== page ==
The Checklist Manifesto

Monday, February 15, 2010

Atul Gawande, general surgeon at the Brigham and Women’s Hospital in Boston, staff writer for The New Yorker, and an assistant professor at Harvard Medical School and the Harvard School of Public Health, explains how more training and advanced technologies don’t seem to prevent experts from making costly mistakes, but a simple checklist can. His new book, The Checklist Manifesto: How to Get Things Right looks at how innovative checklists are being adopted in hospitals around the world and how the checklist revolution can expand into fields beyond medicine.


Atul Gawande

Comments [2]

L.M. from New York

"Ignorance used to be the problem, but now knowledge is" ?

No not the slightest bit.

People are still ignorant. They are misapplying the knowledge that exists.

There is no evidence that there is too much knowledge or that there can be too much knowledge.

People have a long way to go.

Feb. 15 2010 12:59 PM
baba from Brooklyn

What is appalling is that doctors are taught from day one in their teachings on how to avoid the spread of infections.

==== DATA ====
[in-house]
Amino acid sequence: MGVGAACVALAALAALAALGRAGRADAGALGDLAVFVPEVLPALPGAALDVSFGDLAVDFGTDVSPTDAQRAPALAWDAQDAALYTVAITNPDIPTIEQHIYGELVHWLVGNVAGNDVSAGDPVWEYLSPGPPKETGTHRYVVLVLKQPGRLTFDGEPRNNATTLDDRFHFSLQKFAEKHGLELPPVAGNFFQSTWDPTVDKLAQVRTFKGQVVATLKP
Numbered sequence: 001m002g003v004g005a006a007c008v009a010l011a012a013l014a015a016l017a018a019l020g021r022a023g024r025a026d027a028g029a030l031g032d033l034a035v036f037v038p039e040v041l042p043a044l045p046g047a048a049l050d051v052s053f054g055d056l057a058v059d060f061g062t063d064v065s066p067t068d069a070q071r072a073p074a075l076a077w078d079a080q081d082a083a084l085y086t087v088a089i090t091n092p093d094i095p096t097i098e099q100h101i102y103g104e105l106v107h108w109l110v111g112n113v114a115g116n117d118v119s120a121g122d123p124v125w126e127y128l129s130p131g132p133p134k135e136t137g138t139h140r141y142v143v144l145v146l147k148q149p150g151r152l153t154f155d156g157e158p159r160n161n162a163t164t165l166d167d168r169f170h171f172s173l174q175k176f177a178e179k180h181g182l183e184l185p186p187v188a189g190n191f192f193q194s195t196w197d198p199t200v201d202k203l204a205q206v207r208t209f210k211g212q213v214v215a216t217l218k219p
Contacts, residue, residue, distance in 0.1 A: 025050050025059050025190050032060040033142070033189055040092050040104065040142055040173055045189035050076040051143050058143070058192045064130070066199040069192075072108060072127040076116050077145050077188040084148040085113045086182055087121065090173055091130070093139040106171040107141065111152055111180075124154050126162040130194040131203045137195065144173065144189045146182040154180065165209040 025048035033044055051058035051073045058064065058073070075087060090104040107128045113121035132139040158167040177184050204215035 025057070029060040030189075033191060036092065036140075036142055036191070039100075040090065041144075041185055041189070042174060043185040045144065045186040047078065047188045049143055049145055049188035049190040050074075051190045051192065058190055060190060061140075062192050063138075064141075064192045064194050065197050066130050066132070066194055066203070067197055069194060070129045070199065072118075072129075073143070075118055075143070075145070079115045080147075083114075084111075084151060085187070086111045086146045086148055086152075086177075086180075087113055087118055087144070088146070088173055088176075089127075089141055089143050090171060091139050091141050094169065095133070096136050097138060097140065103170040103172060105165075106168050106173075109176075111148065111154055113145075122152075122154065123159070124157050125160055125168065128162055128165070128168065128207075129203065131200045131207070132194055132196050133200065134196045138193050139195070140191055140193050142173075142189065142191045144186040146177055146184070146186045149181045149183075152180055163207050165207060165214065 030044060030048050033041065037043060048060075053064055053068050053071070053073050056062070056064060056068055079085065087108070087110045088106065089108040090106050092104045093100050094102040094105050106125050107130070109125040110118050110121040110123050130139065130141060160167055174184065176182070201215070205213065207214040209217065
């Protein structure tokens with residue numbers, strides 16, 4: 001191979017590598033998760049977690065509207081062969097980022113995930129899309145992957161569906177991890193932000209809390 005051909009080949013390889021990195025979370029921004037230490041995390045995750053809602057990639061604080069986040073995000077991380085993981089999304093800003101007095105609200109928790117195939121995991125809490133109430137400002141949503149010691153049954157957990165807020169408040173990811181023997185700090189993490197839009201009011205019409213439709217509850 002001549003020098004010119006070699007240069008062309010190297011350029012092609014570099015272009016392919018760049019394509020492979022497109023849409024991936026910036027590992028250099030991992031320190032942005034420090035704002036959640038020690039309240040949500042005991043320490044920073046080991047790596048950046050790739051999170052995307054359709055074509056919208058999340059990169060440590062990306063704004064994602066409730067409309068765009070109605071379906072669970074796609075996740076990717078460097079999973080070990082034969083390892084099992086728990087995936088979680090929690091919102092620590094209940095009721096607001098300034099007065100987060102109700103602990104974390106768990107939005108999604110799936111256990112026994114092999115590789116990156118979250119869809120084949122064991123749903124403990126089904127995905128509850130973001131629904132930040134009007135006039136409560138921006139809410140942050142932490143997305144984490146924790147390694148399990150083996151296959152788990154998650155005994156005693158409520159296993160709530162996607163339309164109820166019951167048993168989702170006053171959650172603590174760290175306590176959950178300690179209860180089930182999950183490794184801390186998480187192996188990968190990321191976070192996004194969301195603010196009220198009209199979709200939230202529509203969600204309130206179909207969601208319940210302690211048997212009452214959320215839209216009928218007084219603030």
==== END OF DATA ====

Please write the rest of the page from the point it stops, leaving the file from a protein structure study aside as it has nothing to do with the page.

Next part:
One would be made to think that by default doctors and nurses would follow the rules/teachings to minimize infections from being transmitted.What Atul Gawande is writing or speaking about should not be something shocking/awe inspiring. Things like keeping hands clean, using sterile practices etc etc. Why doctors don't follow is cuz they seem to have huge ego's and have an innate inability like bankers to never own up to mistakes or lack of knowledge they may have.

Feb. 15 2010 12:25 PM

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